Council on Energy, Environment and Water Integrated | International | Independent

Assessing Green Industrial Policy

The India Experience

Karthik Ganesan, Poulami Choudhury, Rajeev Palakshappa, Rishabh Jain, Sanyukta Raje
March 2014 | Industrial Sustainability

Suggested Citation: Ganesan, Karthik, Poulami Choudhury, Rajeev Palakshappa, Rishabh Jain, and Sanyukta Raje. 2014. Assessing Green Industrial Policy: The India Experience. Winnipeg: International Institute for Sustainable Development


This report, in collaboration with the International Institute of Sustainable Development, focuses on India’s Green Industrial policy, especially on the wind and solar sector. It analyses India’s renewable energy policies in the context of drivers such as energy access, energy security, local environmental challenges, and climate change risks.

Factors to be taken into account while choosing storage technology

Sources: CEA (2012a) & MNRE (2013d)

Key Highlights

  • A Renewable Resource Development Project (RRD) increased the wind energy capacity deployment from 40 MW in 1993 to over 1,000 MW in India in 2000.
  • Installations of wind energy have increased at a compound annual growth rate (CAGR) of 26 per cent in the last decade, with annual installations of over 1,000 MW every year since 2004.
  • National Action Plan on Climate Change (NAPCC) envisages renewable energy to constitute approximately 15 per cent of India's energy mix by 2020. This share is expected to be increased by 1 per cent per annum to reach its target.
  • The Ministry of New and Renewable Energy proposed to fund solar projects through a viability gap funding (VGF) mechanism due to the limited amount of unbundled power available.
  • 10 states have announced their own solar policies, which provide preferential tariffs and other benefits such as single window clearances, transmission facilities, tax exemptions, etc.
  • Jawaharlal Nehru National Solar Mission (JNNSN) has set a manufacturing capacity target of 4–5 GW of the equivalent of installed capacity, including 2 GW of polysilicon solar cells, for 2020.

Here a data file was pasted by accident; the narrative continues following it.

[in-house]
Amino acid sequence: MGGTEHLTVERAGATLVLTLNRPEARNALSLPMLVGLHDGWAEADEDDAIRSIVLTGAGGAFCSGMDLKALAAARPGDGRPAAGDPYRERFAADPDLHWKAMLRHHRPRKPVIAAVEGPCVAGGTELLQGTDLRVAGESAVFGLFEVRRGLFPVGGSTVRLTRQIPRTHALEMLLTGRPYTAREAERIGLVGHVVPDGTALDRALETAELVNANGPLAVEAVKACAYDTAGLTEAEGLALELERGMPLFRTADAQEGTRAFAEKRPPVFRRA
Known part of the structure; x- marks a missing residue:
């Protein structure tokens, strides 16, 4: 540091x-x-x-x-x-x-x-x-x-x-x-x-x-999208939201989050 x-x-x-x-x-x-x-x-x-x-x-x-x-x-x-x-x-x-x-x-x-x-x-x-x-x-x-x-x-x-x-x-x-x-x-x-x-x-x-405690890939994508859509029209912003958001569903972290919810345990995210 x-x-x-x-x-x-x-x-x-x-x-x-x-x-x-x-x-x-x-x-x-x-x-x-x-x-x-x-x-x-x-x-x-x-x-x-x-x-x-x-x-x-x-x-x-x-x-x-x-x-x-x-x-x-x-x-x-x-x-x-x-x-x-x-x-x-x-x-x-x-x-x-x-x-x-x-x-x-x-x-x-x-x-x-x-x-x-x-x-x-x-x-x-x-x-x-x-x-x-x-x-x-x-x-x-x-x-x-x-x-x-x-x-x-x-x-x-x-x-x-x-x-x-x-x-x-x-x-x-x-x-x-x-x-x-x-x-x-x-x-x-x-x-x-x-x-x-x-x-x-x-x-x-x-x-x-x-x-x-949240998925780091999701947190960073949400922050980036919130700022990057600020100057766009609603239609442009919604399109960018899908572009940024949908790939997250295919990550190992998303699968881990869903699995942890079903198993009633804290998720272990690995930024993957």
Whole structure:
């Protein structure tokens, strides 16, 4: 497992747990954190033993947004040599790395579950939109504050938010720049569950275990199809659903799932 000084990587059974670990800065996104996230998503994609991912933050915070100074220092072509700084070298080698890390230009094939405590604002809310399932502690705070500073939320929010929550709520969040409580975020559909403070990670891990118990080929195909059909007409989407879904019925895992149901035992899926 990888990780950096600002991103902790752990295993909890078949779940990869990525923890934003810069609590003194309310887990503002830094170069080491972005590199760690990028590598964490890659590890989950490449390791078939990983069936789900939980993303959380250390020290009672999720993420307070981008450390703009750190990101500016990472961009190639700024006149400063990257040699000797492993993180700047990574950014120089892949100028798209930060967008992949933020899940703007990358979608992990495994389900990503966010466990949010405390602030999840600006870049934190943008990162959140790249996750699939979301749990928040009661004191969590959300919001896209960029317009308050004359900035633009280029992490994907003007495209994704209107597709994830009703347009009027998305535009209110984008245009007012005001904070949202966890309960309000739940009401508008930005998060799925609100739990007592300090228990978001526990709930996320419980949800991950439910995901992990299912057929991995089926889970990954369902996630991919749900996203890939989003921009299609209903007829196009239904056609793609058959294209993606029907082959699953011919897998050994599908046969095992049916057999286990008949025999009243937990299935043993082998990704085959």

• FDI up to 100 per cent has been allowed through the renewable energy sector's automatic route subject to conditions under the Electricity Act, 2003.
  • The number of households reporting solar-based electricity sources as the primary source of lighting increased from a little over 500,000 to over 1 million between 2001 and 2011.
  • Exports and imports of solar components were comparable until 2010, but subsequently, imports have outstripped (many-fold) the demand for domestically manufactured components.
  • Solar PV and wind-based power generation positively impact human health and the avoided costs associated with premature mortality and morbidity-related health end-points are significant.
  • Renewable energy power has ecological impacts that can be mitigated through proper planning and execution.

Key Recommendations

  • Ensure that there are no adverse impacts on the economy in the long run as renewable energy has implications for long-term energy security and national security.
  • Reinforce industrial policies and environmental policies to achieve green goals through affordable technologies.
  • Ensure, measure and report the outcomes of R&D efforts for continued efficacy of policies. This can enhance the renewable energy ecosystem in India.
  • Ensure overall ease of starting and running businesses in the country for building a thriving manufacturing sector.
  • Build efforts to scale-up renewable energy to dent India's GHG emission profile for both energy and non-energy uses.

The number of households reporting solar-based electricity sources as the primary source of lighting increased from a little over 500,000 to more than 1 million between 2001 and 2011.

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